Senate Panel Boosts NASA Funding

WASHINGTON? A U.S. Senate panel has recommended providing $17.45 billion for NASA nextyear, or about $150 million more than the White House requested.

The moneywas included in a $54.6 billion spending bill that cleared the Senate Appropriationscommerce, justice, science subcommittee on June 26. The bill exceeds the WhiteHouse request for the affected agencies by nearly $3.2 billion, with most ofthe additional money going to the Justice Department to fund local lawenforcement programs.

The billalso includes $4.2 billion for the U.S. National Oceanic and AtmosphericAdministration (NOAA) ? about $400 million above the White House request. Allof the additional money would go to an oceans stewardship initiative.

Sen.Barbara Mikulski (D-Md.), the subcommittee?s chairman, said the NASA portion ofthe bill seeks to strike a balance between the agency?s human spaceflight programs ? whichare fully funded ? and its science and aeronautics programs.

NASA?sScience Mission Directorate would get $5.66 billion, about $140 million abovethe request. Within that total, $1.64 billion would go to Earth science, about$130 million more than NASA is seeking.

NASA?sExploration Systems and Aeronautics Research mission directorates would befunded at their requested levels of $3.9 billion and $554 million,respectively.

Sen.Richard Shelby (Ala.), the subcommittee?s top Republican, said the billincludes funding for a robotic Moon lander NASA had canceled.A Senate aide said lawmakers added $50 million to NASA?s Lunar Robotics andPrecursor program budget so the agency can continue work on the lander, whichis managed by the Marshall Space Flight Center in Huntsville, Ala.

Mikulskitold reporters after the markup session that she still intends to introduce anamendment that would give NASA an additional $1 billion to help make up budgetground lost after the 2003 spaceshuttle Columbia accident, but has not decided when.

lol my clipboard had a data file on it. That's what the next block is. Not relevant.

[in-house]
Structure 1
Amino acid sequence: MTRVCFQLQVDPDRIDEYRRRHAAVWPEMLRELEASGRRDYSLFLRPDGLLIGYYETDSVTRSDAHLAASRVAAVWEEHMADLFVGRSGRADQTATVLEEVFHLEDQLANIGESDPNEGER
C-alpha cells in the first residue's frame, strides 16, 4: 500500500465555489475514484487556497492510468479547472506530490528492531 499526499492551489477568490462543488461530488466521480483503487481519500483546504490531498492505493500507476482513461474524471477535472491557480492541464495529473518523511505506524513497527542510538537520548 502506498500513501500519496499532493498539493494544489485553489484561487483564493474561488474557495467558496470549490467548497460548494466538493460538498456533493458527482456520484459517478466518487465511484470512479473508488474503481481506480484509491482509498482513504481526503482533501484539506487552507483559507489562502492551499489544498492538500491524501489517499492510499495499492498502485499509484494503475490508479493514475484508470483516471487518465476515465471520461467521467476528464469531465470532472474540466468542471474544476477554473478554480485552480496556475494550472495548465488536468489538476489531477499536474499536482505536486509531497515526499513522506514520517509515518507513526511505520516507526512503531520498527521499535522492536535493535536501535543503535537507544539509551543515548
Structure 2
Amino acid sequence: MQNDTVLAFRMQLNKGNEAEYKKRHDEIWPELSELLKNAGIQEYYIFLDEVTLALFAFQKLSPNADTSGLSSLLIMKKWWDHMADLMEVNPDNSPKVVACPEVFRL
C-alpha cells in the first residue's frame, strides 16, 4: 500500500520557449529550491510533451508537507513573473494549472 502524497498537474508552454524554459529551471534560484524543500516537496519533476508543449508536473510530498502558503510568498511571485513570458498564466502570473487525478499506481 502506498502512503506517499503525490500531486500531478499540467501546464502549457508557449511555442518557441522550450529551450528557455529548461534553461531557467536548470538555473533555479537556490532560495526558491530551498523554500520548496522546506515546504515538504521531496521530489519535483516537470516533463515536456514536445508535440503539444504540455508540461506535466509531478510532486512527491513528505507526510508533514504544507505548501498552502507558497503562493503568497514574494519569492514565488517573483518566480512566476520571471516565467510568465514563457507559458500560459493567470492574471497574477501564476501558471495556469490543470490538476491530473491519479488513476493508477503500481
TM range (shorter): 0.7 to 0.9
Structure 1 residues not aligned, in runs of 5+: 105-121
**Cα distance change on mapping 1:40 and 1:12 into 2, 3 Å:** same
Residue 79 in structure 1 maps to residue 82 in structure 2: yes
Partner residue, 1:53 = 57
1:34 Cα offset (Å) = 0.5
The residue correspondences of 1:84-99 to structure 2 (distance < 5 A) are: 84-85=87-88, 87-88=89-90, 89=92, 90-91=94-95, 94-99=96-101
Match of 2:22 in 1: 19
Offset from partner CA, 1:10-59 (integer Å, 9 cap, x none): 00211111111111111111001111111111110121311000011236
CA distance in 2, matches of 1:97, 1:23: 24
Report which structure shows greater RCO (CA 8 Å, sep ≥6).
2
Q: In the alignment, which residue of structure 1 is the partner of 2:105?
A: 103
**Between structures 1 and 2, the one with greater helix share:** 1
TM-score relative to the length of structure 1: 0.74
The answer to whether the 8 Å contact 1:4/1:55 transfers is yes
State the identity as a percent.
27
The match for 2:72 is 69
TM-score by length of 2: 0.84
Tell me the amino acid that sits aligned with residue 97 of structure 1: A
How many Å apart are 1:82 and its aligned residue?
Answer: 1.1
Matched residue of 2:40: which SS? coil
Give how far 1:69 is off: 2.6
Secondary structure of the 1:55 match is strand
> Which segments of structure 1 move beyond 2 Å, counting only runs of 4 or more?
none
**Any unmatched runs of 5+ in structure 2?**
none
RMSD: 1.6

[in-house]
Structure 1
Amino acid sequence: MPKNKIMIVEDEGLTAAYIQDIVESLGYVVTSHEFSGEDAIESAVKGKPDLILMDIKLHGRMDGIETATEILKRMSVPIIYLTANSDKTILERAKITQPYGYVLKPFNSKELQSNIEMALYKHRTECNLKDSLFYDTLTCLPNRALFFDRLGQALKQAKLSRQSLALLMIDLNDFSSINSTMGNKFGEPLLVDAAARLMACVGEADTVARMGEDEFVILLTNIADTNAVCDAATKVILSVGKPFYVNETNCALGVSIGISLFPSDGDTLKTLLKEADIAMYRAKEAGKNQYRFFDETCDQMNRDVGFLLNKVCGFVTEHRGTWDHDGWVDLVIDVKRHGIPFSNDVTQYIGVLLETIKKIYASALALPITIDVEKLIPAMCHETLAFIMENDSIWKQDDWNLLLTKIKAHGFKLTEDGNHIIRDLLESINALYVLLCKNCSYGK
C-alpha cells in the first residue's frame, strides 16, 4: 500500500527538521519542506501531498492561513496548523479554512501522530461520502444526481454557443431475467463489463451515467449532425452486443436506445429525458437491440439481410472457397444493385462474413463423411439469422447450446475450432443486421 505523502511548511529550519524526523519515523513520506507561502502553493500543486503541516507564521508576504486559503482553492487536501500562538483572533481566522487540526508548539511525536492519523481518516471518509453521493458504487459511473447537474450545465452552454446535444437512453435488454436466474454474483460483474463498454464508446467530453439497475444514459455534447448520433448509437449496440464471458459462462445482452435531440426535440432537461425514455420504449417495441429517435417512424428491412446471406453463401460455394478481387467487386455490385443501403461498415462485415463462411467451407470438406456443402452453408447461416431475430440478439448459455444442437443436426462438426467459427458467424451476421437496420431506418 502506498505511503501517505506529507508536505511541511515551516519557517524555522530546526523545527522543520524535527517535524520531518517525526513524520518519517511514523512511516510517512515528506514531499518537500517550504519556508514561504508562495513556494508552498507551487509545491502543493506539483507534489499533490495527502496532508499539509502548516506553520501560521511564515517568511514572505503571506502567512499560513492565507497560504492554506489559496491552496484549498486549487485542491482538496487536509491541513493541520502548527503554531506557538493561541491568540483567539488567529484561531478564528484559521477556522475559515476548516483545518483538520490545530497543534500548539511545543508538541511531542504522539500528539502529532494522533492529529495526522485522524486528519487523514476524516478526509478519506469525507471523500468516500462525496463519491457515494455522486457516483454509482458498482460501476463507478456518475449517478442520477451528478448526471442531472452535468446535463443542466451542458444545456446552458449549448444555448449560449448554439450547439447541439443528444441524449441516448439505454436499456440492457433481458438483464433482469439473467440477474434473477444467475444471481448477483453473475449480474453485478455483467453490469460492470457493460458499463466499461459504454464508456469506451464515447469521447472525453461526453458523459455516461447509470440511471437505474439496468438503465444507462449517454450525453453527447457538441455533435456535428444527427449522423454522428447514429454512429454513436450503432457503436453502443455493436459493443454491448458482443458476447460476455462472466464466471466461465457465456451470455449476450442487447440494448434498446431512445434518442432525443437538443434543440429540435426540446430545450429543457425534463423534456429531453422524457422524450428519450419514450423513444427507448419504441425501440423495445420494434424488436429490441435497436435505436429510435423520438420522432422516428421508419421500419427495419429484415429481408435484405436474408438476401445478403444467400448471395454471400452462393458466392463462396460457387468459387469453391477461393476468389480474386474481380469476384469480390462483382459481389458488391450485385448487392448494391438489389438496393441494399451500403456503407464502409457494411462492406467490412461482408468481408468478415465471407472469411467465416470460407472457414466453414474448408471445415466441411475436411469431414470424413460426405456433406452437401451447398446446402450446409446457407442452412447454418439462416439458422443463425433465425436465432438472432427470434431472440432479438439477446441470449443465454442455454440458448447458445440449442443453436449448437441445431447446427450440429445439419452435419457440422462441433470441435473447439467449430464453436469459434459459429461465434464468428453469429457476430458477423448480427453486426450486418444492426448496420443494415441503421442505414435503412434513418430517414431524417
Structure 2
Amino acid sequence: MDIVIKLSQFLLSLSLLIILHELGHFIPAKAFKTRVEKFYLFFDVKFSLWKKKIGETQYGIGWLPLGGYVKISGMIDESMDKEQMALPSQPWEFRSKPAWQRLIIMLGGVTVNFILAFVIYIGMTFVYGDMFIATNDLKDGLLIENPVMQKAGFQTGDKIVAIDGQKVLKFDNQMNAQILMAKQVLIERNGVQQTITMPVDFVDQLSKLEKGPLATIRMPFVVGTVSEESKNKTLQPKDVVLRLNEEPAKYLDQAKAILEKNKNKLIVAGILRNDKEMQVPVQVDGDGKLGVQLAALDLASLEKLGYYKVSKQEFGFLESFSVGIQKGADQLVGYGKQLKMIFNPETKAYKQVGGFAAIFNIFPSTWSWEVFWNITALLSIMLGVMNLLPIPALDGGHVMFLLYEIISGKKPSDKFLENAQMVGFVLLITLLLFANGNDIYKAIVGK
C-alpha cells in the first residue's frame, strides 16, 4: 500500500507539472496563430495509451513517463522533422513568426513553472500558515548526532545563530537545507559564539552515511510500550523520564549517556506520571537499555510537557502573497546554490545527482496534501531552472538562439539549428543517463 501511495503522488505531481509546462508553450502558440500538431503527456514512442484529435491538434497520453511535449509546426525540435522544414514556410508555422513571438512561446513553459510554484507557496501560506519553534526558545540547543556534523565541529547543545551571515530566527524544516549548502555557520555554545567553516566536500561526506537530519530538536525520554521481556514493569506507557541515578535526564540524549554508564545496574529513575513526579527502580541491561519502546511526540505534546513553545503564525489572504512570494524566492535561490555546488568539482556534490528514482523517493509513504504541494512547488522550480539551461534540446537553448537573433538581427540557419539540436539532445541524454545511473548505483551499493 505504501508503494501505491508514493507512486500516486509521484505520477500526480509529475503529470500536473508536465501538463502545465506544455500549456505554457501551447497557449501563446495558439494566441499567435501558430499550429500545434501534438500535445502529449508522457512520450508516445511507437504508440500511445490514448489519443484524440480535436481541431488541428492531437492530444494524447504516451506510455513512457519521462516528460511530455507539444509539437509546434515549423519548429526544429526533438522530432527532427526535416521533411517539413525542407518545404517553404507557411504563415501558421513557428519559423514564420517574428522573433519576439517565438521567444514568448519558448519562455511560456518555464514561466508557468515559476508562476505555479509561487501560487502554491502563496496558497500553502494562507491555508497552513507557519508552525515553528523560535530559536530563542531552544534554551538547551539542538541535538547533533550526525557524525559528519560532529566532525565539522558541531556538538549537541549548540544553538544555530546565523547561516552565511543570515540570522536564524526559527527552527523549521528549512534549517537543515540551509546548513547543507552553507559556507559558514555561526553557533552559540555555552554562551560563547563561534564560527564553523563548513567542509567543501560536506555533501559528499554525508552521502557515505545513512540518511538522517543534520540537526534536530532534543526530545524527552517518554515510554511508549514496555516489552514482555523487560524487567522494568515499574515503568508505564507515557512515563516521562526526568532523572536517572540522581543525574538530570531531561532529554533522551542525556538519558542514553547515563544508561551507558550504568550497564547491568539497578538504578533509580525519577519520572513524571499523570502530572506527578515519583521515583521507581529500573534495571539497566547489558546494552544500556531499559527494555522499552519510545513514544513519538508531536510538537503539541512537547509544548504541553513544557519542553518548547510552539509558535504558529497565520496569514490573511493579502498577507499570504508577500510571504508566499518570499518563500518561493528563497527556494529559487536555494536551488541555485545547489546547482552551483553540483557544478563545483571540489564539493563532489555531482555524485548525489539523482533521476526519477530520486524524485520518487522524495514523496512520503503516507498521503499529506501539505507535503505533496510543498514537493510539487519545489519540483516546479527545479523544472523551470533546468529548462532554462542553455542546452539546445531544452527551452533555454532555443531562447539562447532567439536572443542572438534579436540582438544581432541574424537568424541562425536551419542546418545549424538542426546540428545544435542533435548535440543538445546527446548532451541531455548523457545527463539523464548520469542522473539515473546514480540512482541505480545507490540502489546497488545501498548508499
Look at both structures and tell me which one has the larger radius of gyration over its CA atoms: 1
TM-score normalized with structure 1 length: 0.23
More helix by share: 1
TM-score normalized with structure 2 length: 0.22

?The NASAamendment will come later on,? she said. ?We?re looking at what are our bestoptions. You have to pick your launch date.?

The fullSenate Appropriations Committee is due to take up the bill June 28.

A companionbill introduced in the House of Representatives June 11 provided $17.6 billionfor NASA and $4 billion for NOAA. That bill is due to be taken up by the fullHouse Appropriations Committee July 11.


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Editor-in-Chief, SpaceNews

Brian Berger is the Editor-in-Chief of SpaceNews, a bi-weekly space industry news magazine, and He joined SpaceNews covering NASA in 1998 and was named Senior Staff Writer in 2004 before becoming Deputy Editor in 2008. Brian's reporting on NASA's 2003 Columbia space shuttle accident and received the Communications Award from the National Space Club Huntsville Chapter in 2019. Brian received a bachelor's degree in magazine production and editing from Ohio University's E.W. Scripps School of Journalism.